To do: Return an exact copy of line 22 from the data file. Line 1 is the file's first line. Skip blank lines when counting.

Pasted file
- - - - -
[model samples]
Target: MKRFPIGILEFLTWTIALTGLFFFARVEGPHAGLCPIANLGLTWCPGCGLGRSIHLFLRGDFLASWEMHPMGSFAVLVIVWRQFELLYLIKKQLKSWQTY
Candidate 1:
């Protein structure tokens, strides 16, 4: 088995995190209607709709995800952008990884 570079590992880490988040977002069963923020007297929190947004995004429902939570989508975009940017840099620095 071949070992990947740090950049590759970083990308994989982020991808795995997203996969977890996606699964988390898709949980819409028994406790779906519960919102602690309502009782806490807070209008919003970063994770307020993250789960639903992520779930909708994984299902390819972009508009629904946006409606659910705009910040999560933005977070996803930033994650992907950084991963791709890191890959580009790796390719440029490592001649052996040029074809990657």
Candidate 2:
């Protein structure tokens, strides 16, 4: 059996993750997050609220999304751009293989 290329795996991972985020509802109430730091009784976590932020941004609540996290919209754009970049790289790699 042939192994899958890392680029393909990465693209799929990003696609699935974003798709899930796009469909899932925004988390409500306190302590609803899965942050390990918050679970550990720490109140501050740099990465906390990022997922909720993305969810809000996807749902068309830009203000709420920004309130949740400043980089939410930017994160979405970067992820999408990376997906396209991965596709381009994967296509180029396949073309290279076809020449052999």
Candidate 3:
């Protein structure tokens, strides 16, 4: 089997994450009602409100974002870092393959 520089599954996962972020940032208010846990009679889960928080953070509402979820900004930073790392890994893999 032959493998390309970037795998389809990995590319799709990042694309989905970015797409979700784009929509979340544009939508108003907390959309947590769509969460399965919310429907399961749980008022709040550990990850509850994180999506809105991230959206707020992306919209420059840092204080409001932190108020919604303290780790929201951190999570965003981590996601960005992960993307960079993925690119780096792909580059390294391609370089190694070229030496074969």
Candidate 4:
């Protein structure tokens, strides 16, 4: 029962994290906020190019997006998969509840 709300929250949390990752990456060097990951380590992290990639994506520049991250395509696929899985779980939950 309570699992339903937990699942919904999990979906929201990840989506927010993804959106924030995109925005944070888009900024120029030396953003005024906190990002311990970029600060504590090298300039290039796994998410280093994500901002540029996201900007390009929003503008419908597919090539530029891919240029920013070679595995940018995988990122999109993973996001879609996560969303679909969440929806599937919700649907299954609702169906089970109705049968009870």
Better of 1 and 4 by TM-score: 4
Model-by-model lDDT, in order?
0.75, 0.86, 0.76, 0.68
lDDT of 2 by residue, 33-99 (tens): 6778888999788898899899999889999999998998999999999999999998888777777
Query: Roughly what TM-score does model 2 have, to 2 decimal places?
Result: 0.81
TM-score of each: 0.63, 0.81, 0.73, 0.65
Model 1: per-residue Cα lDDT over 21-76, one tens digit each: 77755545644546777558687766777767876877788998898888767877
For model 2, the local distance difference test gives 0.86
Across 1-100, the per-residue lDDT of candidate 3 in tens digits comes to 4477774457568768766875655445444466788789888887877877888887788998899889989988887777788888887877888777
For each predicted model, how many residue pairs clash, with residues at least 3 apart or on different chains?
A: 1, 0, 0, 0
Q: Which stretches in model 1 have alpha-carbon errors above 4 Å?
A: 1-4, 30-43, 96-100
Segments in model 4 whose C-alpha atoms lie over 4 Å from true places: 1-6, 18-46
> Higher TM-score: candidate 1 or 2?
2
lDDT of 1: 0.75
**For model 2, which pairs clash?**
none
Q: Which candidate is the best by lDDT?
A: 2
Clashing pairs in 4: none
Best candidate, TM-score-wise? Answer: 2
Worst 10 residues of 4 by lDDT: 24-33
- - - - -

A: 1, 0, 0, 0